Prince Harry and Meghan Markle announced on Wednesday their plan of "stepping back" as senior members of the British royal family.
After battling with the British press for almost two years, the two are going to start taking control of the stories being published in the next stage of their careers. This is to ensure that the media they work with have open access to their work.
Launching their new media policy, it is to reflect "their new roles" in the royal family, which they hope will enhance access and give them the ability to be able to share more information freely with members of the public.
This means that they are parting ways with the Royal Rota, a system that gives pool reporters from various British news organizations exclusive coverage of the Royal Family.
Royal Rota reporters participate in covering a solo event then share their reporting with journalists and other media outlets involved.
The U.K. media organization involved in the Royal Rota started over 40 years ago, and it includes The Times, The Sun, The Daily Express, The Evening Standard, The Daily Mirror, The Daily Mail and The Telegraph.
The couple added that they believe in a free, strong, open media industry which upholds accuracy and fosters inclusivity, diversity and tolerance.
Additional info on their new media policy includes: engaging with grassroots media organizations and young, up-and-coming journalists; inviting specialist media to specific events/engagements to provide further access to their cause-driven activities, widening the spectrum of news coverage; Providing access to credible media outlets focused on objective news reporting to cover critical moments and event and; continuing to share information directly with the broader public via their official communications channels.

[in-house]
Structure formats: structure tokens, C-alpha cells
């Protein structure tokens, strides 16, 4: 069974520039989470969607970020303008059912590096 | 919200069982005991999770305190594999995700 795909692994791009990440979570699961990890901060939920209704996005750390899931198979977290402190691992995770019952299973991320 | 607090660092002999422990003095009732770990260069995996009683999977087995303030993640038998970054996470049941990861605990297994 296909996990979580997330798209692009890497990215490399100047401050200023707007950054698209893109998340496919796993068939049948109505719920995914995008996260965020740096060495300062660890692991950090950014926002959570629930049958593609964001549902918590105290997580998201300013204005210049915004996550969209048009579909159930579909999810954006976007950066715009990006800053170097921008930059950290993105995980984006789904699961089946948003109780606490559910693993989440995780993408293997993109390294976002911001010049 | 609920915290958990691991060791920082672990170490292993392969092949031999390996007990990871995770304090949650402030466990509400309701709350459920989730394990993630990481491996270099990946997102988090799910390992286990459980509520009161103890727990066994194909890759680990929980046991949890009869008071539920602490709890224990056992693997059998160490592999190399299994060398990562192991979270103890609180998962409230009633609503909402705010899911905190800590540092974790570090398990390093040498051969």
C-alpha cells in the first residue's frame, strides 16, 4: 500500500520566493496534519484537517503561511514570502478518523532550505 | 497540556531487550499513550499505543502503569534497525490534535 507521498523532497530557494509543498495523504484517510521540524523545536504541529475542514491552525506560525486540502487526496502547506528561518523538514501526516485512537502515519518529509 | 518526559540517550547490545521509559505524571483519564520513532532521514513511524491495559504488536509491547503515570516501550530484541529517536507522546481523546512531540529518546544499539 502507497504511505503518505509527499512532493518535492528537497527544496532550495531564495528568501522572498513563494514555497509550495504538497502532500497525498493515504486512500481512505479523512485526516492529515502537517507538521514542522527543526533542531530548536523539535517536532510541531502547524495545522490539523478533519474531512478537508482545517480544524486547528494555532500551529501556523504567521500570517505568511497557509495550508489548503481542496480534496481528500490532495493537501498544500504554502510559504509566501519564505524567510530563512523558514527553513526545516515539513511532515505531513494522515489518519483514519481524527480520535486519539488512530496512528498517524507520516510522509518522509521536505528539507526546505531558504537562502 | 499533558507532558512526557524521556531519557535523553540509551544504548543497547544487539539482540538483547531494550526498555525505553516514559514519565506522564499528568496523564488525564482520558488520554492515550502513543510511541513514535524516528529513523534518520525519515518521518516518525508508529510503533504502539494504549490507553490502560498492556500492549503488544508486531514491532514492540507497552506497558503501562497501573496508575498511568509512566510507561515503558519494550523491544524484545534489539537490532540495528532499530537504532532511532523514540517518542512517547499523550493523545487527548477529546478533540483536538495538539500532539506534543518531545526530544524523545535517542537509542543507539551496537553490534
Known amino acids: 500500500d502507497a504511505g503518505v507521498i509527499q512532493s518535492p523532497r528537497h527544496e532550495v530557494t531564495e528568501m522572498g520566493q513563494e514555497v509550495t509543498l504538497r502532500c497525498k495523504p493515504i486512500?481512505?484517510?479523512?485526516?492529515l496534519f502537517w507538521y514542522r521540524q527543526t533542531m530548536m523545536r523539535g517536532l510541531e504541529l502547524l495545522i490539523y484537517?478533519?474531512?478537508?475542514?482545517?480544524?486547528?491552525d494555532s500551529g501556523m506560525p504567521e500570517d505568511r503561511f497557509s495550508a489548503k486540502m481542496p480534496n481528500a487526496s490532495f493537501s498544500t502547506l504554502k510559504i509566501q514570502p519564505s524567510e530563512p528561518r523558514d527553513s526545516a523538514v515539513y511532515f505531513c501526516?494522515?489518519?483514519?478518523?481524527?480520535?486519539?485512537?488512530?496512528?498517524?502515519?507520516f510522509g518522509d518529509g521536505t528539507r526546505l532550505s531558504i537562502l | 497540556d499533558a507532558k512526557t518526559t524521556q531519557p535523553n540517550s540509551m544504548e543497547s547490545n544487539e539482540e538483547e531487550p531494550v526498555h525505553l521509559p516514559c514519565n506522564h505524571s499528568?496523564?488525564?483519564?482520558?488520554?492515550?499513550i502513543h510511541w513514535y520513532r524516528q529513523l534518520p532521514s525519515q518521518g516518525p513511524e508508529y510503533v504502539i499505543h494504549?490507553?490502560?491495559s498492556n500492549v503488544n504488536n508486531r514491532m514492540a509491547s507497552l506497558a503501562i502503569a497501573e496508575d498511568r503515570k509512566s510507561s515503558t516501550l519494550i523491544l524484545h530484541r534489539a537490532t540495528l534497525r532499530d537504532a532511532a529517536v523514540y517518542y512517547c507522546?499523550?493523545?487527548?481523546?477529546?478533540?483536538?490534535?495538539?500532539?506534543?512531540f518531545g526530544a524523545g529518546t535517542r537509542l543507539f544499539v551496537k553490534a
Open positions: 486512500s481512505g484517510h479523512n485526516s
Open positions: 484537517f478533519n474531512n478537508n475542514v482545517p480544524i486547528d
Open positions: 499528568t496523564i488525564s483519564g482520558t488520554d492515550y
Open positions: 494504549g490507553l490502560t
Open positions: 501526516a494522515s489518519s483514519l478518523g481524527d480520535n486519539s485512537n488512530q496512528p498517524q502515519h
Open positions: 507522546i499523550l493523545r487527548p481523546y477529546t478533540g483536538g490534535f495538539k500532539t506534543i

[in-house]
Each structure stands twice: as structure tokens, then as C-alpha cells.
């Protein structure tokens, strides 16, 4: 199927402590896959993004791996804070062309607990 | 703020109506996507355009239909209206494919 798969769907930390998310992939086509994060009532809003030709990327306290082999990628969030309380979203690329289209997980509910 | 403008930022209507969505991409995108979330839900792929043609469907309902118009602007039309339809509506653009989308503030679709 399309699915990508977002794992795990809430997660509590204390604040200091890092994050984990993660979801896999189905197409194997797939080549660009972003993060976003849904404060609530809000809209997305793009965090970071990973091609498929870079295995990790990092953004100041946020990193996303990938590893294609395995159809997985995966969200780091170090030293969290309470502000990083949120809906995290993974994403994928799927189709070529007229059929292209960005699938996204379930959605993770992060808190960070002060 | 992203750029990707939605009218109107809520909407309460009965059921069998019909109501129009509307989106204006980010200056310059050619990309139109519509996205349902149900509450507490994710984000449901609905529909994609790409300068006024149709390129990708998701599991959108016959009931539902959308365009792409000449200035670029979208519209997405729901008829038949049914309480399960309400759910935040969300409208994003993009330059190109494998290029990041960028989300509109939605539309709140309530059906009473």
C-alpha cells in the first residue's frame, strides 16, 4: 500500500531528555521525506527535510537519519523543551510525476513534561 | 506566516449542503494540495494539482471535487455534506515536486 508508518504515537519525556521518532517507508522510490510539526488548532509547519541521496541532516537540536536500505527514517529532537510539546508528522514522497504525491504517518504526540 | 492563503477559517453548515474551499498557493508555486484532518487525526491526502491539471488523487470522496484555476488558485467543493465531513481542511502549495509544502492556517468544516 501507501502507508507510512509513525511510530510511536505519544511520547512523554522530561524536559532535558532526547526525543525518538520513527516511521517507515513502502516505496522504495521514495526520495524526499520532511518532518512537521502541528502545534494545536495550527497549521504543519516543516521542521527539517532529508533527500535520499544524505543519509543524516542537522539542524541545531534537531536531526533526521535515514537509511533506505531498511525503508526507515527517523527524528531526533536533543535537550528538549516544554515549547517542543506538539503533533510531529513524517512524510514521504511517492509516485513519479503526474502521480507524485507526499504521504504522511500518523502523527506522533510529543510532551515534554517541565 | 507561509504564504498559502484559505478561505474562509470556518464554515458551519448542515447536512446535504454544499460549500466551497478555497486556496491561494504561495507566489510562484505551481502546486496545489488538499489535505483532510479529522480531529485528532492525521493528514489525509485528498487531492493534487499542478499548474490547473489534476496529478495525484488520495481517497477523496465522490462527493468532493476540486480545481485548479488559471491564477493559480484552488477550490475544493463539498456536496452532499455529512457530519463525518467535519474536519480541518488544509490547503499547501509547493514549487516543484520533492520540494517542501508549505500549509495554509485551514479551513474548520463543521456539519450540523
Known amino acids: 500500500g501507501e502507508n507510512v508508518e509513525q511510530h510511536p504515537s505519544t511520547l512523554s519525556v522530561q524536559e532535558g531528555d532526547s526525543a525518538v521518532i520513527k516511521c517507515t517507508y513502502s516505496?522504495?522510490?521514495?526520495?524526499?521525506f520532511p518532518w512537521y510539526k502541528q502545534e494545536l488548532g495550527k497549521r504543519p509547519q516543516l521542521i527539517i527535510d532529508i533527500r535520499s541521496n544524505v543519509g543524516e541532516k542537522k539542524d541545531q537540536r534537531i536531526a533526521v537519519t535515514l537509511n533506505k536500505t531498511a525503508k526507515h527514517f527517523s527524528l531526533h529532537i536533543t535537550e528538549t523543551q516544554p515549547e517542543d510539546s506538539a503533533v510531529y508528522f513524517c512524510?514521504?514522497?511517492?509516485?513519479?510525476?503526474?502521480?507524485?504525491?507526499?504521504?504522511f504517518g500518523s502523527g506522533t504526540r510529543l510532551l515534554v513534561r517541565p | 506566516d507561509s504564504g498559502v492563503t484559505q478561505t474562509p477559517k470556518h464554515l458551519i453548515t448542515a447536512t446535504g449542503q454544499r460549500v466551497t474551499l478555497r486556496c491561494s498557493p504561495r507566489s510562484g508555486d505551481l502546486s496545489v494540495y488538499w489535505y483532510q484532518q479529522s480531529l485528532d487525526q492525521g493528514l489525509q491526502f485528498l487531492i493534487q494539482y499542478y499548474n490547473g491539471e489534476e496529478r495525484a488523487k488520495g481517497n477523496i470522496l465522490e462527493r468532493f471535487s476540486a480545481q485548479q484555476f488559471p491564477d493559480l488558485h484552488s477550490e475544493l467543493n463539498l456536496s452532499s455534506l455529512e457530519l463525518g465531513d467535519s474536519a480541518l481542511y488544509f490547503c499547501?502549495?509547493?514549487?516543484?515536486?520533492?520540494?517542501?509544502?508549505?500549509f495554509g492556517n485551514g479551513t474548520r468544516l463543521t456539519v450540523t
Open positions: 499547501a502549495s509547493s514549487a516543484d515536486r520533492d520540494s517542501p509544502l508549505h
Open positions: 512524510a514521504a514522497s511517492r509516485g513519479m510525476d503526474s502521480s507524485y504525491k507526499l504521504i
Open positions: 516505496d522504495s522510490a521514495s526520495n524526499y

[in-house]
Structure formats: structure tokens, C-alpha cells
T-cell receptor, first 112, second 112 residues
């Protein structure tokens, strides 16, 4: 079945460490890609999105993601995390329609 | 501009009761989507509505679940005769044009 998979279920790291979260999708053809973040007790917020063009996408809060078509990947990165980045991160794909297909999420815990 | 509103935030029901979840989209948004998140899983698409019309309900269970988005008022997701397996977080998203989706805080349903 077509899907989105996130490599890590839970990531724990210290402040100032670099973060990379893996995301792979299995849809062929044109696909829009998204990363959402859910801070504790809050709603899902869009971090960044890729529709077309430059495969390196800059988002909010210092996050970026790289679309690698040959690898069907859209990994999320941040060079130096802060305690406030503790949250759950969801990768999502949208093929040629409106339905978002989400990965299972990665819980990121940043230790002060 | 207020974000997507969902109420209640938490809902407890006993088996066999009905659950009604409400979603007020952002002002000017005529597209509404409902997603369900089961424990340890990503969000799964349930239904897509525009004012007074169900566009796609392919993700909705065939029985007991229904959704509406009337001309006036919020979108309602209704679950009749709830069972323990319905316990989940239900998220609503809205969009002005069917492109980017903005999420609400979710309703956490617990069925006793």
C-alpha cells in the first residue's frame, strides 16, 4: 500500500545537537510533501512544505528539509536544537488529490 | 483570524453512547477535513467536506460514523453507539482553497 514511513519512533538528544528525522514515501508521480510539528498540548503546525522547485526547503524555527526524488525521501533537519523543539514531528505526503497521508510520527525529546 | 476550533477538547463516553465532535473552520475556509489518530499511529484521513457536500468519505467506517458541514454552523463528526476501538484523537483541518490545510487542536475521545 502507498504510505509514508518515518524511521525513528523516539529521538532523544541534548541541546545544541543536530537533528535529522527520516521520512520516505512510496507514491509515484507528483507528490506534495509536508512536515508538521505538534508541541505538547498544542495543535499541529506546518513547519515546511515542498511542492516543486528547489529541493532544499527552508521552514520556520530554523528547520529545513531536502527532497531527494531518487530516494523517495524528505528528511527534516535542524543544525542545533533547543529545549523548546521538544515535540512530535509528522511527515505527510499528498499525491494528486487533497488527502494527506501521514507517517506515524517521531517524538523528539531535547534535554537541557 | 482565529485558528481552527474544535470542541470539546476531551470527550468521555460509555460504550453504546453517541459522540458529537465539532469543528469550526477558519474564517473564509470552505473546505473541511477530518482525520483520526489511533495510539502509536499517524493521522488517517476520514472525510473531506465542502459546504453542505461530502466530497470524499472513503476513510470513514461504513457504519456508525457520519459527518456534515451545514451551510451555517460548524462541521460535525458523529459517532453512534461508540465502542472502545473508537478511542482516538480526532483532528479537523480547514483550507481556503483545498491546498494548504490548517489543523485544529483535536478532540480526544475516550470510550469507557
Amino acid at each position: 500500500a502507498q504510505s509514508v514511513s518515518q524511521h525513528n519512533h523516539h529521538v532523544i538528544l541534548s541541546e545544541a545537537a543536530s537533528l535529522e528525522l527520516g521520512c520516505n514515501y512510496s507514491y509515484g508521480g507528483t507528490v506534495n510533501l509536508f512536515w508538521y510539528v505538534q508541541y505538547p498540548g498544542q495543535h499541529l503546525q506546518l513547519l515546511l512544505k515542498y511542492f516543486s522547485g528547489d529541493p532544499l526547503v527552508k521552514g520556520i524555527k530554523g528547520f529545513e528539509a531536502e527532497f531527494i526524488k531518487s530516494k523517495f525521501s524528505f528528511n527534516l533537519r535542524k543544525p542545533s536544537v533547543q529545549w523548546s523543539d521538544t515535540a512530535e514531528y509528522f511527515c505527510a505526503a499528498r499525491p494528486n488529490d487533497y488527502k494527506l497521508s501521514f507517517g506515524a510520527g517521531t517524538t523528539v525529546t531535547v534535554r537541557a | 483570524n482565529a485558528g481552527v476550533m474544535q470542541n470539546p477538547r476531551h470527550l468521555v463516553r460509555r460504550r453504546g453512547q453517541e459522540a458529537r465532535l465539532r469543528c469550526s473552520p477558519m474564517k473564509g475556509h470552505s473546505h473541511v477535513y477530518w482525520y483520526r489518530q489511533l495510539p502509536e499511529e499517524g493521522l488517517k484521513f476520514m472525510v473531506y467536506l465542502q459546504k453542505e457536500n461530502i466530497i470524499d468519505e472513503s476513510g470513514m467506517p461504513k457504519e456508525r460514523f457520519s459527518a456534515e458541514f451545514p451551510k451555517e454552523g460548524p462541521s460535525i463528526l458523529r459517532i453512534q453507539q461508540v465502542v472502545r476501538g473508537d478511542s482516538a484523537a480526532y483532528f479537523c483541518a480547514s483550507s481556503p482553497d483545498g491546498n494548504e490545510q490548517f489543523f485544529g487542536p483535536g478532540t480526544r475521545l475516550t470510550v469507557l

Explaining the new policy, the Duke and Duchess of Sussex were critical of the coverage by Britain's royal correspondents.
"Britain's Royal Correspondents are regarded internationally as credible sources of both the work of members of The Royal Family as well as other private lives," they said.
Prince Harry and Meghan have collaborated with media organizations, including Time, National Geographic, British Vogue, and many more, recognizing that their roles as members of the Royal Family are subject to interest.
They added that they welcome accurate and honest media reporting, as well as being held to account "if appropriate." The pair also said that "equally, like every member of society, they also value privacy as individuals and as a family."
After experiencing privacy violations, intense scrutiny from the British press, and inaccurate reports written against them, the new media policy would make sense for Prince Harry and Meghan Markle.
Last fall, Meghan Markle filed a lawsuit against The Mail on Sunday for publishing a private letter she handwritten to her father "in an intentionally destructive manner."
Prince Harry also sued the owner of The Sun and the owner of The Mirror for phone-hacking allegations.
Speaking to their ITV documentary, "Harry and Meghan: An African Journey", last October, "I never thought that this would be easy, but I thought it would be fair and that's the part that's hard to reconcile."